How Do We Know It's T. rex? (Updated)
For good reason (we scientists can get a bit long winded - we love what we do!) there isn't enough room on our Experiment.com Campaign page to provide you with all of the extra information about our project - all of the fascinating little tidbits - that we think really make this project special. So, I thought I'd take this chance to answer one of the most common questions we've gotten almost since the moment we first discovered this site in July 2014. That is, "How can we know that we have a Tyrannosaurus rex when we've only uncovered a couple of inches of a single bone?" Great question!
It's not always that easy to know what species you're uncovering. In fact, unless you have teeth, more often than not it is completely impossible to tell what species you're dealing with at such an early part of the process. But, there are a couple of good clues conveniently provided by this little bit of bone.
The first thing that jumped out to us is the general shape. The bone is clearly cylindrical. There aren't many cylindrical bones in the bodies of animals other than in the arms and legs, with the upper leg bone - the femur - being the most cylindrical (generally speaking). So, we had a good hunch right away that it was a femur, and clearly it is from a very large animal. The cross section of this bone is about 7"!!
What are more interesting and informative, though, are the features on the inside surface of this bone. The long bones (basically, the limb bones) of many animals have a hollow medullary cavity where marrow is stored. Mammals, crocodiles, birds . . . just about everything that doesn't make its living by diving in water has these cavities. The surface of that cavity is often rough and irregular, but in birds, that interior surface is just as smooth as the outside of the bone. As you can see from the picture below, the interior surface of our giant, bird-like bone is very smooth. Ah-ha! That's the big clue.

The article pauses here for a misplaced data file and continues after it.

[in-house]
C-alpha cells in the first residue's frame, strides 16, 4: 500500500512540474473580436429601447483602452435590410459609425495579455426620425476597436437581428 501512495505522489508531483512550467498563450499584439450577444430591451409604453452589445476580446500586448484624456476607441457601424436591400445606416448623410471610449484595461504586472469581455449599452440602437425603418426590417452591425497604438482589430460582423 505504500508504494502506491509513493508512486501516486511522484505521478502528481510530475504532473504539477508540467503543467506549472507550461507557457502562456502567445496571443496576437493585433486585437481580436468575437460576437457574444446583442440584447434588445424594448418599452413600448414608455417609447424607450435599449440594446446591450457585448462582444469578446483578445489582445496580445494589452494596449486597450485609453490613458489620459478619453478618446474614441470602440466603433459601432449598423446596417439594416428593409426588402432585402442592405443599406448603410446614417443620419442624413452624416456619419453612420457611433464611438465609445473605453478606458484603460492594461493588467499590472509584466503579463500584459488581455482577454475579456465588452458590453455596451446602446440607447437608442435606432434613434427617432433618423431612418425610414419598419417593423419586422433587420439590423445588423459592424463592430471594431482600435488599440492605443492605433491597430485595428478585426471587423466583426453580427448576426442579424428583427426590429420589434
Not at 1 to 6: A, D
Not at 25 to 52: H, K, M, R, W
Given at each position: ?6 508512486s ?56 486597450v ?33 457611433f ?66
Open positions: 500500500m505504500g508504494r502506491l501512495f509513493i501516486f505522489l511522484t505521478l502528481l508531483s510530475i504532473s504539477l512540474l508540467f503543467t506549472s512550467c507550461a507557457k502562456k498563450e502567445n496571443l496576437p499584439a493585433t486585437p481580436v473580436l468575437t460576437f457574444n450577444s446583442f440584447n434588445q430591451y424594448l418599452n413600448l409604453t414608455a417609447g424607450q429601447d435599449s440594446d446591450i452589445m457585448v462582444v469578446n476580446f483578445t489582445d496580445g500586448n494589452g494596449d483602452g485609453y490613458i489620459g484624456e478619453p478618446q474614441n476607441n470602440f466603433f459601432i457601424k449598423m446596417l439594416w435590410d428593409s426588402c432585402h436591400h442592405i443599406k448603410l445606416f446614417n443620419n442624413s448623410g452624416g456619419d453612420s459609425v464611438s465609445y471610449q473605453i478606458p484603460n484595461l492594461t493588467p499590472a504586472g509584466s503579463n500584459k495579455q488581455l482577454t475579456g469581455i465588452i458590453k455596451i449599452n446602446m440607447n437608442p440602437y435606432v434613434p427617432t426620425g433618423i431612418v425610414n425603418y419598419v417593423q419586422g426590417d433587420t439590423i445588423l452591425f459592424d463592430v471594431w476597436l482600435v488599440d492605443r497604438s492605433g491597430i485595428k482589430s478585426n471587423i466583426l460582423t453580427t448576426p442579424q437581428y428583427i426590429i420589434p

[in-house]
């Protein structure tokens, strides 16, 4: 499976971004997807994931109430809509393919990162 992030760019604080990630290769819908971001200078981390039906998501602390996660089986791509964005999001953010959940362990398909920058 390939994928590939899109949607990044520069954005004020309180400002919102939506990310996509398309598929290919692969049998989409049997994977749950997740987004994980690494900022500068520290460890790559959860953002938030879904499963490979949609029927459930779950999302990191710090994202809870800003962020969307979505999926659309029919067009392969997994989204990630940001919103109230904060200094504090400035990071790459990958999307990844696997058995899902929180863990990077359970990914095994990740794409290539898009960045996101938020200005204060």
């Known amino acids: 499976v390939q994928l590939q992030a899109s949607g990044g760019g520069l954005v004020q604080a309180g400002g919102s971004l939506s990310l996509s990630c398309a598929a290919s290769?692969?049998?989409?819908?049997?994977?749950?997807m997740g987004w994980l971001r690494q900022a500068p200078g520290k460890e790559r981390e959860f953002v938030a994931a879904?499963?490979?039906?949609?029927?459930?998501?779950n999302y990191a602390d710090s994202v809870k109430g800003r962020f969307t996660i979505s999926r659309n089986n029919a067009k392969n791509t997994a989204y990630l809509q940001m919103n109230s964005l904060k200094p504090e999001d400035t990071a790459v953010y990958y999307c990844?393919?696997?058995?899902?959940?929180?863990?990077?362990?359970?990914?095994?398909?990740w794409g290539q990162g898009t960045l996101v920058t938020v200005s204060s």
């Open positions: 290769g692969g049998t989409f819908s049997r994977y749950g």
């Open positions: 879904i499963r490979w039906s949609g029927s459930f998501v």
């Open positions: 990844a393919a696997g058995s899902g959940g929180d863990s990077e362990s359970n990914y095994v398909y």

You see, we now know that birds evolved from theropods - the group to which all of the meat-eaters belong. And we know this because they share an extraordinary number of similar skeletal features, like very smoothly-lined, hollow limb-bones. We also know that the ornithischians - the other major group of dinosaurs - did not share this feature. So, we know we have a theropod dinosaur because we have a bone with a nice, hollow, medullary cavity.
But how can we be so sure it is T. rex, specifically? Well, that's just a very good guess based on the process of elimination. Very simply, there were no other predators this size living in this ecosystem at this time (about 67 million years ago). So it almost has to be T. rex - there just aren't any other options. It's certainly possible that there was another predator that size at that time, but it seems very unlikely that no one would have found any evidence of it by now. I'd be happy to be wrong though - the discovery of a new, giant predatory species in this part of the world would be an enormous and wonderful scientific discovery!
Of course this all depends on the success of our campaign. We're used to excavating fossils from rugged and remote places, but this situation is different. It is simply impossible for us to excavate this, and the 2 other dinosaurs just meters away, if we can't repair the roads and transport the specimens back to Philadelphia and New Jersey. And if we don't excavate them, they'll be destroyed by the elements. Please take a look at our campaign page and consider helping us with this great scientific adventure!
Take a look at the video below. Brittany does a wonderful job of explaining a bit about the bone, and the process of "field prepping" it so that it is protected from the elements for another 9 months until we can get back out to excavate it .
Expedition co-leader Jason Poole modeling beside the now-protected T. rex femur in July 2014.
UPDATE: As if it was written just on cue, just a day after his visit to the New Jersey State Museum, noted science writer and pale-phile, Brian Switek, published a very nice article on the Phenomenon blog about the bird-to-dinosaur link. Take a look!